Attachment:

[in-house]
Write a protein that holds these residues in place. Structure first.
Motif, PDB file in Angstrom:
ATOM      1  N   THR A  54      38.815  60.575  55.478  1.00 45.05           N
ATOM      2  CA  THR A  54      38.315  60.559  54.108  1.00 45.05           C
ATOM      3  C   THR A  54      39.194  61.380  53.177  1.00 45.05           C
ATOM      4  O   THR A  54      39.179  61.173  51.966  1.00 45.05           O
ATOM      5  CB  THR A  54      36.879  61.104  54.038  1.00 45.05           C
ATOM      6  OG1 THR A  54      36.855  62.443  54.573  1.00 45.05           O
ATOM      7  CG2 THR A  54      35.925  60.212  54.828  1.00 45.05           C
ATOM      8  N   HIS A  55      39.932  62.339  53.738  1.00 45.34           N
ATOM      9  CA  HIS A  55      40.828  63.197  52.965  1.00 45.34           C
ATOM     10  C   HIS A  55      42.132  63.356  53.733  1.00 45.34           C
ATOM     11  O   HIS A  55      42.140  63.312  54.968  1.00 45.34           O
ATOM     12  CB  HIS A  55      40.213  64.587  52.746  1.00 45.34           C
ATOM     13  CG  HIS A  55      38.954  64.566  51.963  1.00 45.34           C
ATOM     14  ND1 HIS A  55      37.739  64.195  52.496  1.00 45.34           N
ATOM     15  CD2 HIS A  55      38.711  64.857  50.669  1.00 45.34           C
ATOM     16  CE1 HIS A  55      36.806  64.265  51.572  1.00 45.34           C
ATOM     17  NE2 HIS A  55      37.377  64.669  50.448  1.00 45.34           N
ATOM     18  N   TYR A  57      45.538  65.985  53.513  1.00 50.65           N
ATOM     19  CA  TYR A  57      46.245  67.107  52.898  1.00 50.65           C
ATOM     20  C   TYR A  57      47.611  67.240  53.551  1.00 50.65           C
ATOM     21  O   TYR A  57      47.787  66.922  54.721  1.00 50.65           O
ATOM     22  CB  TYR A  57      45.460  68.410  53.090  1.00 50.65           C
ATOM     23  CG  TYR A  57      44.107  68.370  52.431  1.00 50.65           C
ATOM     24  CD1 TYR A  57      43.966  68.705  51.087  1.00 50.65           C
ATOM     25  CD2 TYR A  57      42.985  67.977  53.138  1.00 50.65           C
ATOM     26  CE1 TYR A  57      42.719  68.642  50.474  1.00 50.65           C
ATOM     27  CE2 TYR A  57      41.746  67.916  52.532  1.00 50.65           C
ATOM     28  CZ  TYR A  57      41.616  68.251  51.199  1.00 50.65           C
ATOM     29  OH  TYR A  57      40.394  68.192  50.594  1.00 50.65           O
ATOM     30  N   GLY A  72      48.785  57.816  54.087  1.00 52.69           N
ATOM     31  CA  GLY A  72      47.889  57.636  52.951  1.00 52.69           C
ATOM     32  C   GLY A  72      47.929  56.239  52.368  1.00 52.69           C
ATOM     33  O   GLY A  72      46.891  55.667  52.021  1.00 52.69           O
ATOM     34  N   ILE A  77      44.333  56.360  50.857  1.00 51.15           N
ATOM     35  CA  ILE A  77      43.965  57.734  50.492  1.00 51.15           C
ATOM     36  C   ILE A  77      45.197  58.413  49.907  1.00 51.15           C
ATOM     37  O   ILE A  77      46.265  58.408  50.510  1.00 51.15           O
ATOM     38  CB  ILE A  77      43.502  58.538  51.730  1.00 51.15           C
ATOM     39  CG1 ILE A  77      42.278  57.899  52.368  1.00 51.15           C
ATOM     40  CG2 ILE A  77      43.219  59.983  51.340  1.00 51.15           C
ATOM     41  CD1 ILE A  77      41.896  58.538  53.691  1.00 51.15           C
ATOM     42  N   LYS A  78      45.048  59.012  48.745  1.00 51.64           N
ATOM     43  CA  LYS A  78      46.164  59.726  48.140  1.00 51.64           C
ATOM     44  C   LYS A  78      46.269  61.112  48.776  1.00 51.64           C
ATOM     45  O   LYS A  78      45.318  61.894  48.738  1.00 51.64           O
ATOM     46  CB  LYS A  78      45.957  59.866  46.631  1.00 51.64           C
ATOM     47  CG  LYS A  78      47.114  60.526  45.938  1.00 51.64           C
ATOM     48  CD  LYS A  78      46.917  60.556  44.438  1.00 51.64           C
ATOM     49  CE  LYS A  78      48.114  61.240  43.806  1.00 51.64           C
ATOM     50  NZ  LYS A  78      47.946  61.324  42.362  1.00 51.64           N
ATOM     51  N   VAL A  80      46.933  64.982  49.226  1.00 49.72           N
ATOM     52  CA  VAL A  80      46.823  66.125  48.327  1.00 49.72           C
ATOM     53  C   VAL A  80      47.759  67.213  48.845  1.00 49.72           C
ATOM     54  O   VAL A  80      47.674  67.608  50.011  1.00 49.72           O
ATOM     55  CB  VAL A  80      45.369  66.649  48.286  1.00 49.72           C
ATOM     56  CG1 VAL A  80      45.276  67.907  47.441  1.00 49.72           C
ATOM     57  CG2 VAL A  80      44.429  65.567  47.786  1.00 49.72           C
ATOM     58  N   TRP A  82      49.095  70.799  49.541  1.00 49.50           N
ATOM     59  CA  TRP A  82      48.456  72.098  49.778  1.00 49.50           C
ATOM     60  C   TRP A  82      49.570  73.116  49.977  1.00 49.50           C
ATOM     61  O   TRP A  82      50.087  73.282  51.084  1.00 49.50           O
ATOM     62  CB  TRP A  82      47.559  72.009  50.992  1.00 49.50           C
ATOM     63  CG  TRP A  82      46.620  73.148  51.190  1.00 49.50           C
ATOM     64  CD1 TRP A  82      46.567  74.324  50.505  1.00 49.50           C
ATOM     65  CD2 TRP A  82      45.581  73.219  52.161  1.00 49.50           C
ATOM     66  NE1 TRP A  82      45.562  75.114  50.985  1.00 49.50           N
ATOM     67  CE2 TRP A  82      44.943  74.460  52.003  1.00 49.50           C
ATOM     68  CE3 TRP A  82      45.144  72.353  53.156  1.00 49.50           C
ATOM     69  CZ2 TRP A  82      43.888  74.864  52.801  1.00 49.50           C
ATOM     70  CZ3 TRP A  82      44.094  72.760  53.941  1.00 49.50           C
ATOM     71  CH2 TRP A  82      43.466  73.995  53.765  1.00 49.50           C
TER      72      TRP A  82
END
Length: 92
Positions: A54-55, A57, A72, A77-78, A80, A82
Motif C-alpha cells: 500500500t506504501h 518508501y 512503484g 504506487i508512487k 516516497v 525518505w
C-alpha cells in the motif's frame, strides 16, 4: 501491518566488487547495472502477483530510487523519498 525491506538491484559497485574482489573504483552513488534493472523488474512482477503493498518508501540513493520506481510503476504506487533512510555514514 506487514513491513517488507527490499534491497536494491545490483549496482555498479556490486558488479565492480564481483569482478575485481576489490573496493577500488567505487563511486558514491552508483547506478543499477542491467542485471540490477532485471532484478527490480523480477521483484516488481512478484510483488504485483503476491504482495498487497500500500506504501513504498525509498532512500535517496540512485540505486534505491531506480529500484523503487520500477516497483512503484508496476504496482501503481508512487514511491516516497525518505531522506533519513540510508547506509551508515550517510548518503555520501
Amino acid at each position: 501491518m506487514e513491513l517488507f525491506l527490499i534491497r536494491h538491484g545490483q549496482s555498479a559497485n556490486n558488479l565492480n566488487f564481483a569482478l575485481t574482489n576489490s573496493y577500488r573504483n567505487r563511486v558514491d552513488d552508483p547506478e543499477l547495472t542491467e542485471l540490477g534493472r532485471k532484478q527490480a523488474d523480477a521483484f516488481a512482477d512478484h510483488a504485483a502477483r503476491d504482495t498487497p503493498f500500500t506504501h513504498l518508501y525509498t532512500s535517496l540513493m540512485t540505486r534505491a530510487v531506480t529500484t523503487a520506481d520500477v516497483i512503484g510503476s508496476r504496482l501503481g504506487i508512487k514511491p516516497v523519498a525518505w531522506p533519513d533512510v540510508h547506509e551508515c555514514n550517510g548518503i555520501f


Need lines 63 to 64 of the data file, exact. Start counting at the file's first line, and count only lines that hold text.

ATOM     60  C   TRP A  82      49.570  73.116  49.977  1.00 49.50           C
ATOM     61  O   TRP A  82      50.087  73.282  51.084  1.00 49.50           O